15 more countries at risk of Ebola contamination – Oxford University
The deadly Ebola virus could spread to 15 new countries, according to calculations made by Oxford University. This is because there are species of fruit bat that are suspected of carrying the disease without displaying symptoms.
The new study is published in the eLife journal, and examines how
the disease could spread through the animal kingdom and to human
Fruit bats can carry the disease without showing any signs of it, and are able to migrate and transfer it to other animals, for example monkeys and rodents.
“A total of 51 surveyed locations reporting infections in animals were identified in the literature since the discovery of the disease. These comprised 17 infections in gorillas (Gorilla gorilla), nine infections in chimpanzees (Pan troglodytes), 18 in OWFB (old world fruit bat) and two in duikers,” the study says.
Monkeys can be used as a form of bushmeat – meat from wild mammals. While consumption may not necessarily cause Ebola, preparation of raw infected meat increases the chance of infection.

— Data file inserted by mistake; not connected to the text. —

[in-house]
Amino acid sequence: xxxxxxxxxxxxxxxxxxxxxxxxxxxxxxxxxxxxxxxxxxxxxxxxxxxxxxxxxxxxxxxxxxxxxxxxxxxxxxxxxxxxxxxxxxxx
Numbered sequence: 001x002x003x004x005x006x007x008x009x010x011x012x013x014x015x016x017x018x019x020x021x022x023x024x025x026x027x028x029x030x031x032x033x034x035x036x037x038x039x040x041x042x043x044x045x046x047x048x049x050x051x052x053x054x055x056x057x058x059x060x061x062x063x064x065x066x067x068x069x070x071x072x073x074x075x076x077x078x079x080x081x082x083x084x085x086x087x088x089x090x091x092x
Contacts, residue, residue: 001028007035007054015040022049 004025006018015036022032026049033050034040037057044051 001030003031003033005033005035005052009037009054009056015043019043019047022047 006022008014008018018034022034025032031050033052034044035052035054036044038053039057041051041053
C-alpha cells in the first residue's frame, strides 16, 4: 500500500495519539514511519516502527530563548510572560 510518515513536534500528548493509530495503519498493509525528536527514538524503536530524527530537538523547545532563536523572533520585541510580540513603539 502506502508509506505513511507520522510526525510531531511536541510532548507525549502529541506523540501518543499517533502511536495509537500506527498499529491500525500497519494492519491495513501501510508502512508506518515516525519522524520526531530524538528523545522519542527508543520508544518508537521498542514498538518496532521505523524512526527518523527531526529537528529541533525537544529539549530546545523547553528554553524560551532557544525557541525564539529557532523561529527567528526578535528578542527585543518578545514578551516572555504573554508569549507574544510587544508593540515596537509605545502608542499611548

Countries stated as being at risk from Zaire – one Ebola’s five known strains and the most contagious – are listed in the study. “These are Nigeria, Cameroon, Central African Republic (CAR), Ghana, Liberia, Sierra Leone, Angola, Tanzania, Togo, Ethiopia, Mozambique, Burundi, Equatorial Guinea, Madagascar and Malawi,” the study says.
These countries are in addition to the seven existing countries which have reported outbreaks of the disease.
“We assembled location data on all recorded zoonotic transmission to humans and Ebola virus infection in bats and primates (1976-2014),” the study’s authors say in an abstract, explaining that the study was compiled using species distribution methods. “These occurrence data were paired with environmental covariates to predict a zoonotic transmission niche covering 22 countries across Central and West Africa,” they say.
“Our map shows the likely ‘reservoir’ of Ebola virus in animal populations, and this is larger than has been previously appreciated,” study author Nick Golding, a researcher at Oxford University’s Department of Zoology, told the Wall Street Journal. “This does not mean that transmission to humans is inevitable in these areas; only that all the environmental and epidemiological conditions suitable for an outbreak occur there.”
Other Ebola strains – Sudan, Taï Forest and Bundibugyo – have been reported in the Ivory Coast, Sudan and Uganda previously. According to the World Health Organization, one strain – Reston – has not instigated any outbreaks.
On Tuesday, it was reported that the human death toll from the disease had jumped by 200 in a single day, up to 2,296. The WHO said that, as of when the statistics were presented, it was likely that there had been further fatalities as a result of Ebola.